In a blog post last week I talked about families staying together during worship. It generated a lot of views and many an email conversation mostly centered around the question of how you train your children to be in worship.
Well, first let me tell you it isn’t easy. Like all discipline, it is work and consistency is key. So first you must determine what behaviors will and will not be acceptable. Will your child be allowed to sit in your lap or will you want them to learn to sit in their own spot? Are they allowed to color or do other quiet activities? If they have to be taken out of the service who is going to do that – Dad or Mom?
As you are making those determinations I encourage you to remember your child’s frame. You can’t really expect the same level of stillness and attentiveness from your three year old that you require of your eight year old. Think through what is appropriate and acceptable for each child where they are developmentally so that you know what you want to expect of them. That way you can clearly communicate those expectations to your child. I expect my son who is eleven to participate when appropriate and to sit quietly and listen the rest of the time. I expect my youngest who just turned six to also participate when it’s called for but I also allow her to write on her bulletin/worship guide. I have also made it very clear to her that any reading of the Scriptures or prayers require her full attention and stillness, and she may not write during this time.
The actual training begins before you ever even come into the church building. As one friend mentioned, if you wouldn’t throw your child onto a big kid bike having skipped the training wheel stage, you shouldn’t throw them into the service without training wheels either. Basically there is plenty you can do at home to prepare your child for being in a worship service. Something as simple as practicing daily blanket time – requiring your little one to sit on a blanket with a book or quiet toy for a few minutes each day – gets them used to the idea of staying in one spot. With toddler age and young children it can be helpful to listen to stories on CD or online at home so that they are used to the idea of listening to someone talk. In our house we also practiced being quiet. When she was around three, I’d have Claire go sit on the couch by herself and sit still and quiet for stretches of time. With all three of these methods you can start with small increments of time, 2 minutes or so, and work your way up to 5 minutes, 10 minutes and so on. The biggest benefit is going to be from actually doing it on a regular basis so that it is a familiar routine to them.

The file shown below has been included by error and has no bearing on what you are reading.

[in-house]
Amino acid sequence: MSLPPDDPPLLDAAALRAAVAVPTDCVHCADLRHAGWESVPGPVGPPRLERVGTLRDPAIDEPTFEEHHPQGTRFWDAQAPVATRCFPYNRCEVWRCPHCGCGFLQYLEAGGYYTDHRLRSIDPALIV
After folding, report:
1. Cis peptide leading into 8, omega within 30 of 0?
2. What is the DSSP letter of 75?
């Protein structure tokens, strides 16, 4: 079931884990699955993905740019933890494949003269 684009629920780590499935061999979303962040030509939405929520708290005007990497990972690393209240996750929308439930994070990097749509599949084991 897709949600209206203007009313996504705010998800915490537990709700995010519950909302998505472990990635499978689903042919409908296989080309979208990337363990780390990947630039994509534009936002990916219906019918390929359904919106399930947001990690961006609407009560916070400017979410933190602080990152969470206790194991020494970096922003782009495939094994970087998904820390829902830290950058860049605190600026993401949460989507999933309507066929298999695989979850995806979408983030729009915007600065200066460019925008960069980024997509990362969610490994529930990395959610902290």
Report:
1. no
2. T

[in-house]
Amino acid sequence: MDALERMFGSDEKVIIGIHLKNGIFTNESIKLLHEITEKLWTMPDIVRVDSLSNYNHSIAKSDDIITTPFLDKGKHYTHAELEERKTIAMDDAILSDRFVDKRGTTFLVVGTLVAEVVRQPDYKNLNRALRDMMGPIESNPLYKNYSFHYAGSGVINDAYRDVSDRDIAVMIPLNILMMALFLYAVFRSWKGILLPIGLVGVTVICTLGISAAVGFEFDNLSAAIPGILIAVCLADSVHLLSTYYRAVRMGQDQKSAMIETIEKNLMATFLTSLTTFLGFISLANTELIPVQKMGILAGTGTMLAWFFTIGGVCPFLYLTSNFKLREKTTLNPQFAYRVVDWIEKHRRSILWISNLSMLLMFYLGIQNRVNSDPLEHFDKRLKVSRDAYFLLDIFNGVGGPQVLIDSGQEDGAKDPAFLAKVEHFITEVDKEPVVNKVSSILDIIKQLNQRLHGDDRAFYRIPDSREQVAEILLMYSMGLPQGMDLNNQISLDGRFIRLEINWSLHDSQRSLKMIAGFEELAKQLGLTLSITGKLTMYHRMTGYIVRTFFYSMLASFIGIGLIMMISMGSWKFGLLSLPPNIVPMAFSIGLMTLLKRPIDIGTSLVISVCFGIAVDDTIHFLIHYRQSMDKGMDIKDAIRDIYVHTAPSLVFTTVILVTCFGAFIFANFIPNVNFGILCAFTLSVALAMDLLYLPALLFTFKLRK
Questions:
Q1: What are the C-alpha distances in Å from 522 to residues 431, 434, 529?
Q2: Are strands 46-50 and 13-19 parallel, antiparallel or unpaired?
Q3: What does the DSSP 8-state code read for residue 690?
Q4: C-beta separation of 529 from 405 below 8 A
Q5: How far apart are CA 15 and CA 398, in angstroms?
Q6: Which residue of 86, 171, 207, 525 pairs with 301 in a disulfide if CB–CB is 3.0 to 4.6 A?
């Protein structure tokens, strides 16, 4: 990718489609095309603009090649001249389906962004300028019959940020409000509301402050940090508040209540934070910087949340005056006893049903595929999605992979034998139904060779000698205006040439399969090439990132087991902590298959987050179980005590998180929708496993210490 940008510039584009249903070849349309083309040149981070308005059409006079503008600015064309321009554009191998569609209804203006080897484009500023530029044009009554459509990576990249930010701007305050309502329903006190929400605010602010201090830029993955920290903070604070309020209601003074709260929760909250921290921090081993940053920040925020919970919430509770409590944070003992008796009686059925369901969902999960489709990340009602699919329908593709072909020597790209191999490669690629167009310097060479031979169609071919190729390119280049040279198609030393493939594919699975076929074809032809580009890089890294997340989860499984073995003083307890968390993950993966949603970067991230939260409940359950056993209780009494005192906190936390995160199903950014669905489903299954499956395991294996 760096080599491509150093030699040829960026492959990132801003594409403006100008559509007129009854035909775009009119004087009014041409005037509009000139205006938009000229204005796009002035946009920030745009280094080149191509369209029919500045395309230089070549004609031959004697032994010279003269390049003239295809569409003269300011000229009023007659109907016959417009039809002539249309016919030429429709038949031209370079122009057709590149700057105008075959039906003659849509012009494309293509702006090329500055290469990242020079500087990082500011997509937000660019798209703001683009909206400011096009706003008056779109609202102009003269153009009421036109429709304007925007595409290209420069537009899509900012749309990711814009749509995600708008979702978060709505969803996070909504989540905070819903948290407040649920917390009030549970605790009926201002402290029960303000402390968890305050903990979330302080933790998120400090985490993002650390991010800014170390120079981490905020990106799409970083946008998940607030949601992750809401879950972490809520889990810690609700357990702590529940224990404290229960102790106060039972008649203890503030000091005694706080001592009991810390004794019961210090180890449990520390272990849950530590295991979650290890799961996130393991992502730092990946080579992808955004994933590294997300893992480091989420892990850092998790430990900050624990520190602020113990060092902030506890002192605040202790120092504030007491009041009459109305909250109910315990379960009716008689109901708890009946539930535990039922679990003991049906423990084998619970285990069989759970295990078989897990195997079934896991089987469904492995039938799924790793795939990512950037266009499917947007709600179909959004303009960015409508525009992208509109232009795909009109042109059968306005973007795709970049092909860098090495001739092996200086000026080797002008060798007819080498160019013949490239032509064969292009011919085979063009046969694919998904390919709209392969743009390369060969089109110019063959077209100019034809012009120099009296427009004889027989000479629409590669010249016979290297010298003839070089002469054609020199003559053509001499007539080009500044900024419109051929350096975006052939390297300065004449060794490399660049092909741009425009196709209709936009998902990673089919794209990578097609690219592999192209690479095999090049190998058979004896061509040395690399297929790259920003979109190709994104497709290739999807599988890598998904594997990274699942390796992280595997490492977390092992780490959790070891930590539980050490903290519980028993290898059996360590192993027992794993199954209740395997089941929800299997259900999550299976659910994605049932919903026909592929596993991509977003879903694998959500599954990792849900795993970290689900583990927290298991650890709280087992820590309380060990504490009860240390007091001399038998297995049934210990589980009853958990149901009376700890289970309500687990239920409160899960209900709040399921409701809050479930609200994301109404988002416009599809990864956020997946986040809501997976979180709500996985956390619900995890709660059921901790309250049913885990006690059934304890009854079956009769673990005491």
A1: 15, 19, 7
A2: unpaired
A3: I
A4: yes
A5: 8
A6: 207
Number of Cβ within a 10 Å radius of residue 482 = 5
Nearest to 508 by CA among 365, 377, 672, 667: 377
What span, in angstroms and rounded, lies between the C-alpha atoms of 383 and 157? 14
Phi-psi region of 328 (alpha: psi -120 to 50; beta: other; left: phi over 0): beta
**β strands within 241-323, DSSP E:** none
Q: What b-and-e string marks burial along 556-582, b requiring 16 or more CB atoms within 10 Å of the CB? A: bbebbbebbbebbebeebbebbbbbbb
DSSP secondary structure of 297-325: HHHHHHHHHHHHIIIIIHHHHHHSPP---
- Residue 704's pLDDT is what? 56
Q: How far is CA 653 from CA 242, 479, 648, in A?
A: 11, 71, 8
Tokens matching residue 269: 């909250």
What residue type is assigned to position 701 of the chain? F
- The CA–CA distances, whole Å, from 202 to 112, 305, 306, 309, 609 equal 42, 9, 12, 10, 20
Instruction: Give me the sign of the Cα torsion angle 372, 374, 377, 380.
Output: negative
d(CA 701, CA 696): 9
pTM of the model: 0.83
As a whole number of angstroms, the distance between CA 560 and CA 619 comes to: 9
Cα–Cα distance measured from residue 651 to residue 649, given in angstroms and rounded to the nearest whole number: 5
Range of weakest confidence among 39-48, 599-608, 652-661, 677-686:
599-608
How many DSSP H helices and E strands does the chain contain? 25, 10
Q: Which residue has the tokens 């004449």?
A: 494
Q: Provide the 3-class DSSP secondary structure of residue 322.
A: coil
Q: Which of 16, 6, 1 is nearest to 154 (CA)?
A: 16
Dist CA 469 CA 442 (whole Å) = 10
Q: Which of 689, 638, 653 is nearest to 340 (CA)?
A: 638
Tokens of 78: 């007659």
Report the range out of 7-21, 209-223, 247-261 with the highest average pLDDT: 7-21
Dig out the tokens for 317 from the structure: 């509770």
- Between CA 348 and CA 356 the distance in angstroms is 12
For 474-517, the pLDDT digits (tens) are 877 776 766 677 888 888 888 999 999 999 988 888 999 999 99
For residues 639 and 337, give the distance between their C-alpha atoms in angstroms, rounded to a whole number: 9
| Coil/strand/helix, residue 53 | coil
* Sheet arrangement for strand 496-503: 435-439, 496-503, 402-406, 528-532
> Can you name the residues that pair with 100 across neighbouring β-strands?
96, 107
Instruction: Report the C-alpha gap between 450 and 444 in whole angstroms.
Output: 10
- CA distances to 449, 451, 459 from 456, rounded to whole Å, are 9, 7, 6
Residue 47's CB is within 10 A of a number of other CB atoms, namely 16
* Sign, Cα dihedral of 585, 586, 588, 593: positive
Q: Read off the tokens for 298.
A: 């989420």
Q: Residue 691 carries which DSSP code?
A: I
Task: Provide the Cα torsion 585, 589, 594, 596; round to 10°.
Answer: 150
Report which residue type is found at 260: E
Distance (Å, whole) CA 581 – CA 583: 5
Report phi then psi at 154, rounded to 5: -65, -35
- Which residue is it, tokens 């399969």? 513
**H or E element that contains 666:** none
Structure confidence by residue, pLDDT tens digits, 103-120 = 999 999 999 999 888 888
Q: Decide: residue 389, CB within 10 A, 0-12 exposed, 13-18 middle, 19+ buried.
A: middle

It is important to keep in mind that there is a difference between “training for” and “training through”. By this I mean that you can be doing these things at home (the training for part) and then getting into a worship service the whole thing falls apart and everybody is squirmy and dropping stuff and suddenly you are trying to wipe a nose, deal with a fidgety toddler, hold onto your Bible, and deal with the five year old who is elbowing the three year old. (That would be the training through part.)
Again, it is helpful if you have already decided ahead of time what will and will not be acceptable. Here is a simple rule of thumb that I used especially when my children were younger. If I wouldn’t allow it during a movie at a theater then I will not allow it during a worship service. For instance, if we are at the movies I am not going to let them get up and down going to the rest room. Therefore, we will go to the rest room right before our service begins. There are the occasional emergencies but, by and large, they learned pretty quickly that I was serious about this. The onus is also upon me to be the one to enforce this rule so even as they’ve gotten older I never ask my two that will be prone to needing to go…I tell them to go before the service starts.